JUDY WOODRUFF: Federal Reserve Board Chairman Ben Bernanke will step down at the end of his term next January, but the discussion of who President Obama might tap to replace him is already well under way.
To update us, we turn to longtime Fed-watcher and Wall Street Journal economics editor David Wessel. He is also author of "In Fed We Trust: Ben Bernanke's War on the Great Panic."
David Wessel, welcome back to the NewsHour.
DAVID WESSEL, The Wall Street Journal: Good to be with you, Judy.
JUDY WOODRUFF: So, before we talk about choosing the next Fed chairman, let me ask you about today's statement from the Fed about the economy, the story that Kwame reported a few minute ago. How did you read that?
DAVID WESSEL: I read it as the Fed was going out of its way to say nothing. They crafted a statement that reflected some developments in the economy, but they sent no new signal about their plans for winding down their bond-buying or changing interest rates. It was really a no-news event.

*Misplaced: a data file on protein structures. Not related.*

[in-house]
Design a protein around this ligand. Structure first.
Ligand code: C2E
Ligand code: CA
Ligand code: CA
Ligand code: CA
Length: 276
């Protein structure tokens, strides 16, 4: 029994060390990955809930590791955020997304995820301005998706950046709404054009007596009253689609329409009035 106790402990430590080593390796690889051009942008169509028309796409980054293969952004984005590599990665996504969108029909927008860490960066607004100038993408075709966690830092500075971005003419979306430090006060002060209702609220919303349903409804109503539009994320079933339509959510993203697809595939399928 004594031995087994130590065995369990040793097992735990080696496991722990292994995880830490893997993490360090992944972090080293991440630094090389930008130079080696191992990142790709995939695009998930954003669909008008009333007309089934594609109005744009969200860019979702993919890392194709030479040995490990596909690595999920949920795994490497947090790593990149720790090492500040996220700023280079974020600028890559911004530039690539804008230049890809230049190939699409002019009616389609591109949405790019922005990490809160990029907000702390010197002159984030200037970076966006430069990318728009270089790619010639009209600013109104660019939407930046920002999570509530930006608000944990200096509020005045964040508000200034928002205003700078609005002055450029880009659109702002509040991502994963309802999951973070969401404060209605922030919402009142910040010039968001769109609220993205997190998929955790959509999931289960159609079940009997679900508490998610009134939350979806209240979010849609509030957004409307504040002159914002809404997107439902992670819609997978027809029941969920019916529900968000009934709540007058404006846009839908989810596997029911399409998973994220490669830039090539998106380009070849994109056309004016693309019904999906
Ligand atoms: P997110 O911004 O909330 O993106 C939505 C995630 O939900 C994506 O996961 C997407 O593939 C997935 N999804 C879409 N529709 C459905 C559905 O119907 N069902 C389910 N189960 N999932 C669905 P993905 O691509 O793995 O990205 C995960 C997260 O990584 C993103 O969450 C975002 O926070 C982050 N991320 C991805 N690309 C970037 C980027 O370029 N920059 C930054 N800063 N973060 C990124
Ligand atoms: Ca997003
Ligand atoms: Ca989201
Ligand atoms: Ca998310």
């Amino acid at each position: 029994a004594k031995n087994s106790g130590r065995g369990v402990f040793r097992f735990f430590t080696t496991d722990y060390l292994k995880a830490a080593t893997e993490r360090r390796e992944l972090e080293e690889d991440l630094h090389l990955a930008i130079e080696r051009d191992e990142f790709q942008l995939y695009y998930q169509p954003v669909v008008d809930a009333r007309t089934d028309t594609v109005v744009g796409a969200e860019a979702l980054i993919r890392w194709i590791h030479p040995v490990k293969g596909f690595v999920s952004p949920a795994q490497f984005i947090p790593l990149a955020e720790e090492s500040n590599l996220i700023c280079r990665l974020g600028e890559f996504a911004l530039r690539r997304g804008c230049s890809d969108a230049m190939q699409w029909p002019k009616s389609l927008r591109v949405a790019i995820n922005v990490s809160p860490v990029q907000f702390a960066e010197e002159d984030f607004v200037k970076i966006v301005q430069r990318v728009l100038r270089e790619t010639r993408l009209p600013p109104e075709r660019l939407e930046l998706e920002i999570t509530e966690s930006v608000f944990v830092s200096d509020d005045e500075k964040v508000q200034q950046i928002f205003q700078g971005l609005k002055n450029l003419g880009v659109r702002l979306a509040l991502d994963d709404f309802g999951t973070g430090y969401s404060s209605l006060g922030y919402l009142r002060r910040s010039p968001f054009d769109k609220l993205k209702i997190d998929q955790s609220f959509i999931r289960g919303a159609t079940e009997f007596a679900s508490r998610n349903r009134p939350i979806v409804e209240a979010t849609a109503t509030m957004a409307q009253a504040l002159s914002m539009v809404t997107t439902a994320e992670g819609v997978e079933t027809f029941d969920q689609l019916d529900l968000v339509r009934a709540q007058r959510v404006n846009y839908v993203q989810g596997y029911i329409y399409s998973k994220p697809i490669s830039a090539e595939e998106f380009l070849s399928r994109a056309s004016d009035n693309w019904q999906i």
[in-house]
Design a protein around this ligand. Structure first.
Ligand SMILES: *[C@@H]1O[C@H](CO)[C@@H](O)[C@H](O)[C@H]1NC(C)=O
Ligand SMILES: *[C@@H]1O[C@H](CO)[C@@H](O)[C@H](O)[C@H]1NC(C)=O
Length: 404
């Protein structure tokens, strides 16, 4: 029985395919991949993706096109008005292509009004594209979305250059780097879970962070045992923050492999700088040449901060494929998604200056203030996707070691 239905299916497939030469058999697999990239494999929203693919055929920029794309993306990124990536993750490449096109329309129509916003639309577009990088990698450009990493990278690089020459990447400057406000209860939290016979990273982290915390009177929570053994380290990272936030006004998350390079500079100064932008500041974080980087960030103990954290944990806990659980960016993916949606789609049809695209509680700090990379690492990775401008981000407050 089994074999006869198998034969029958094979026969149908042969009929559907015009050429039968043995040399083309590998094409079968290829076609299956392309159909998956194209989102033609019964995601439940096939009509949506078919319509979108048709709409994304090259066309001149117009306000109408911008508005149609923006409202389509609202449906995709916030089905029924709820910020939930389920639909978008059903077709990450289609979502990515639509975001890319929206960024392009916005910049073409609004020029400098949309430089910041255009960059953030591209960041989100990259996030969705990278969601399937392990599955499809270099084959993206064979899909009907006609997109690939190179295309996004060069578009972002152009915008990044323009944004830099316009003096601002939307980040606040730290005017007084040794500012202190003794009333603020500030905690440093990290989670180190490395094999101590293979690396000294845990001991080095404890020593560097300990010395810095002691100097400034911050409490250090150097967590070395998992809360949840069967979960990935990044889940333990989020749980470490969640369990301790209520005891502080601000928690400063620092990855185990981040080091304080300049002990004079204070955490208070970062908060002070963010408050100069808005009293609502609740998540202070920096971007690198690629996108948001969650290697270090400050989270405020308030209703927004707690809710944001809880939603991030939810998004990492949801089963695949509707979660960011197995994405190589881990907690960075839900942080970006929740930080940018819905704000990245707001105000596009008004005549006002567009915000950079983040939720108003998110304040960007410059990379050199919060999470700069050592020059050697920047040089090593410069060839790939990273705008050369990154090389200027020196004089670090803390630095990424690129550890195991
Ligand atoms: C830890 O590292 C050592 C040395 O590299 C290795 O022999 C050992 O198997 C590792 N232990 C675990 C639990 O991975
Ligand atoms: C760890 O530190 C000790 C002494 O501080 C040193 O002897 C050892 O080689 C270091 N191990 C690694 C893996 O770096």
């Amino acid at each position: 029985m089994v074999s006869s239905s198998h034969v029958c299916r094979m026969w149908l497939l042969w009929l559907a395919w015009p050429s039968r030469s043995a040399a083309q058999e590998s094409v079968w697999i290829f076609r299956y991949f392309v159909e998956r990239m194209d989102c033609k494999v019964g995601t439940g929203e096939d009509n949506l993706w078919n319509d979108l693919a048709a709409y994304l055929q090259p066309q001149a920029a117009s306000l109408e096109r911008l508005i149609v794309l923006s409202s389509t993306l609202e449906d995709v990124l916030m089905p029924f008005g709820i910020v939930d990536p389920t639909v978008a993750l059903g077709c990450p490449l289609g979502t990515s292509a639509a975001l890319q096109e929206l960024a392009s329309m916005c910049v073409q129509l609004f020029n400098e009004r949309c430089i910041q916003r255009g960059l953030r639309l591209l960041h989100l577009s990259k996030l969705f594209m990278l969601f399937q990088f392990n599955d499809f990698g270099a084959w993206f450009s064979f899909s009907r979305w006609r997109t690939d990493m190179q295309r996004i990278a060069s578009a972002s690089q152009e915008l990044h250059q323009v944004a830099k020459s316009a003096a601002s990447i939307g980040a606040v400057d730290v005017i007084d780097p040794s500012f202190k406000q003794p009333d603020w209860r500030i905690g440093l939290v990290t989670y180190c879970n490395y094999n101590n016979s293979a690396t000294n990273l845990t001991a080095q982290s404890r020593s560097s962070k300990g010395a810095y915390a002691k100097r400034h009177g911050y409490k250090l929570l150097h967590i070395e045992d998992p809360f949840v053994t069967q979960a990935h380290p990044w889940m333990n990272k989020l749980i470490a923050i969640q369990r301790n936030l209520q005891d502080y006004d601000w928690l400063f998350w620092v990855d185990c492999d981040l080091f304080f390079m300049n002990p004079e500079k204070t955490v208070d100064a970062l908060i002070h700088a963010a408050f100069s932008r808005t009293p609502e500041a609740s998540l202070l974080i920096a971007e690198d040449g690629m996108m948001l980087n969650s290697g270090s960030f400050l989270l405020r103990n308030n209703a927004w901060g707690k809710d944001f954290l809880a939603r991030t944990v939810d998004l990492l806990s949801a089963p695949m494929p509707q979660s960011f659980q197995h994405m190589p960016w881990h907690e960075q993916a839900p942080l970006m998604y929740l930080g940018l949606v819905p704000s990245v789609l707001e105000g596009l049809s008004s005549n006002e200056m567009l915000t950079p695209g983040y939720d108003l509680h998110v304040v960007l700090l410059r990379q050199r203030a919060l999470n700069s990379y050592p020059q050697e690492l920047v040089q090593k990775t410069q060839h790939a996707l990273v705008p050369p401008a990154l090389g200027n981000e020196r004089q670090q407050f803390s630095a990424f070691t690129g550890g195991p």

JUDY WOODRUFF: So, let's talk about the position of being the chairman of the Federal Reserve. How important a job is this, not just to monetary policy, but to economic policy?
DAVID WESSEL: I think it's pretty important. We have seen in the last couple of years how important Ben Bernanke was to managing -- helping to manage the world economy during this devastating financial crisis. We know from history that Paul Volcker, Alan Greenspan, Ben Bernanke, the chairman, even though he's one of 19 people on the committee, has enormous amount of sway, becomes a symbol of confidence in the government.
And it's more important now than ever because the Dodd-Frank law gave the Fed a whole lot more power and oversight over the financial system, and that will also be the responsibility of the next Fed chairman.